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During the Scottish referendum of 2013, it was made clear that the United Kingdom is a member of the European Union and any part of the UK seceding from it would be treated as a 3rd country, and would have to apply to once again become a member of the EU.

If there were to be a united Ireland, what would the position of the EU be, if it is already defined?

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    The difference here is that NI would also be joining an EU member, as opposed to becoming a newly independent country. If it were to join Norway, of course, it would be a different story. – phoog Sep 27 at 13:40
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    @phoog is right: this is not about a hypothetical independent NI (which would never be economically viable, but that's an independent story) – smci Sep 28 at 3:18
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The European Council agreed in 2017 (see page 4) that a united Ireland would be part of the EU:

The European Council acknowledges that the Good Friday Agreement expressly provides for an agreed mechanism whereby a united Ireland may be brought about through peaceful and democratic means; and, in this regard, the European Council acknowledges that, in accordance with international law, the entire territory of such a united Ireland would thus be part of the European Union.

The key word is "such", referring back to the "agreed mechanism ... through peaceful and democratic means". Only if Ireland were united using this mechanism would the EU automatically accept the whole territory as a member. The mechanism in question is described in the Belfast (or "Good Friday") Agreement (page 4): the Secretary of State for Northern Ireland can direct that a referendum be held in Northern Ireland; if such a referendum indicates a majority in favour of unification, both the UK and Irish governments are bound by the agreement to give effect to unification.

This restriction also means that the EU does not see this declaration as setting a general precedent for members annexing other territories. This was apparently of concern to the French:

French lawyers were concerned. Could this declaration create a dangerous precedent, since European Council declarations carry strong legal weight?

... The excruciating care with which the text had been drafted was cited to convince the French Ambassador and his lawyers. ... The word ‘such’ related back to the ‘agreed mechanism’ in the Good Friday Agreement. Thus, the wording could not be applied to any other situation.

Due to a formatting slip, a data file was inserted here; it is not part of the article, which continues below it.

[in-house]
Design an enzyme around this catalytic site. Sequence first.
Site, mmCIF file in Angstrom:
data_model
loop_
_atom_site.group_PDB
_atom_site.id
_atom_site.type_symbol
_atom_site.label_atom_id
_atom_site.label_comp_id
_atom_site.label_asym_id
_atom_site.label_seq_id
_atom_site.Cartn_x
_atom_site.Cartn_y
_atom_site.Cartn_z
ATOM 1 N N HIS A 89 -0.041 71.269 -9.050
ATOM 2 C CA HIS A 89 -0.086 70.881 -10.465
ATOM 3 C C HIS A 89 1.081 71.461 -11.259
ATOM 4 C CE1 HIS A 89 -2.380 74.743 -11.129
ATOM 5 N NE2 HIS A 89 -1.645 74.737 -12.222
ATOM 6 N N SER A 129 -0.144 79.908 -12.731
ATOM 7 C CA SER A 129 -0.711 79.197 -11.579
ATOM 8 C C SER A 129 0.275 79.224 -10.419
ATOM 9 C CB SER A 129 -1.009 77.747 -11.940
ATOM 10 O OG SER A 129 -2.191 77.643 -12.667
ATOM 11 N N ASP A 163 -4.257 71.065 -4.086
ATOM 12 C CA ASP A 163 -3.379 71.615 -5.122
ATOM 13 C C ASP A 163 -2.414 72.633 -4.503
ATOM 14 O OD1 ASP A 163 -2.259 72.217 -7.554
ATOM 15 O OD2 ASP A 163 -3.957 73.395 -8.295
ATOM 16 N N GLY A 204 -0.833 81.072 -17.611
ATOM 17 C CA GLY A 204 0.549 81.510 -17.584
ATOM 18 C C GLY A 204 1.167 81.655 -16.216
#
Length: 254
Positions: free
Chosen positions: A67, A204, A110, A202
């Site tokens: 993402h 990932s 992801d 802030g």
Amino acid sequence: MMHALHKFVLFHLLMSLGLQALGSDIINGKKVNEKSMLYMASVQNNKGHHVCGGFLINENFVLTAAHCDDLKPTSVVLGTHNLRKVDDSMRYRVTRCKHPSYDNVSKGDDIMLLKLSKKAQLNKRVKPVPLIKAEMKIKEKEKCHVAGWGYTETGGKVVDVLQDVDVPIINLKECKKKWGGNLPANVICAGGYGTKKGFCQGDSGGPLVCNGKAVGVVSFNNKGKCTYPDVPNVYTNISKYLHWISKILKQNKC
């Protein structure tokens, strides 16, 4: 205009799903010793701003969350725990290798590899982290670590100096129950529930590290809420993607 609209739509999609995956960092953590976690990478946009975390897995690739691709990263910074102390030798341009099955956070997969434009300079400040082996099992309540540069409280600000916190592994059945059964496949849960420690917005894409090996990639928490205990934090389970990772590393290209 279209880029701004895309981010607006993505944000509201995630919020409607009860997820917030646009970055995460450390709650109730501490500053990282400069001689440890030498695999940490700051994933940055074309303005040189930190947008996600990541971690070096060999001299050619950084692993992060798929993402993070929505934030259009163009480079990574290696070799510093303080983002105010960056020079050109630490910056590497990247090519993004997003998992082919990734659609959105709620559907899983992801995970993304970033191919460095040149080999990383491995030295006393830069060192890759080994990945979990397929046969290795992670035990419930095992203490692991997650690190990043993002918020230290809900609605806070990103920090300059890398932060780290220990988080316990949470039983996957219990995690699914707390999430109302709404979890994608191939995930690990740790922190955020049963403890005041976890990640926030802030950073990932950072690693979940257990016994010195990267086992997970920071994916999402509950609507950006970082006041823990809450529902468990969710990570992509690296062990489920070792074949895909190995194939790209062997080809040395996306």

[French Ambassador] Sellal and the lawyers took the explanation to President François Hollande. The French dropped their objections immediately.

(For this quote and other details of the discussions leading up to this statement by the European Council, see chapter 14 of Tony Connelly Brexit and Ireland: The Dangers, the Opportunities, and the Inside Story of the Irish Response. Penguin, 2017. ISBN: 978-1-84488-428-5)

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    Thank you for your response. Interesting that there is a special provision in the Irish case. In the back of my mind I was wondering if Scotland would ever consider uniting with both Ireland's, but it appears that'd be an entirely new proposition wrt the EU. – Richard Sep 27 at 12:19
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    There is the German precedent as well, even if it is older than the current set of treaties. – o.m. Sep 27 at 13:23
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    @o.m. Indeed. I find it hard to imagine that if any European territory mutually agreed to be annexed by an existing EU member with no other change in that country's constitution that the EU would do anything other than accept the new territory. – phoog Sep 27 at 13:37
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    I didn't think you were disagreeing; I just wanted to clarify. The point about precedent is well taken. More generally, the EU doesn't want to make general statements like the one I made, because some future situation might fall under the general statement but contain some other condition that they hadn't thought about. – phoog Sep 27 at 16:44
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    I am moderately surprised that it was the French and not the Spanish objecting... I would've expected some discussion of Catalonia and (maybe) Gibraltar. – Kevin Sep 27 at 21:49

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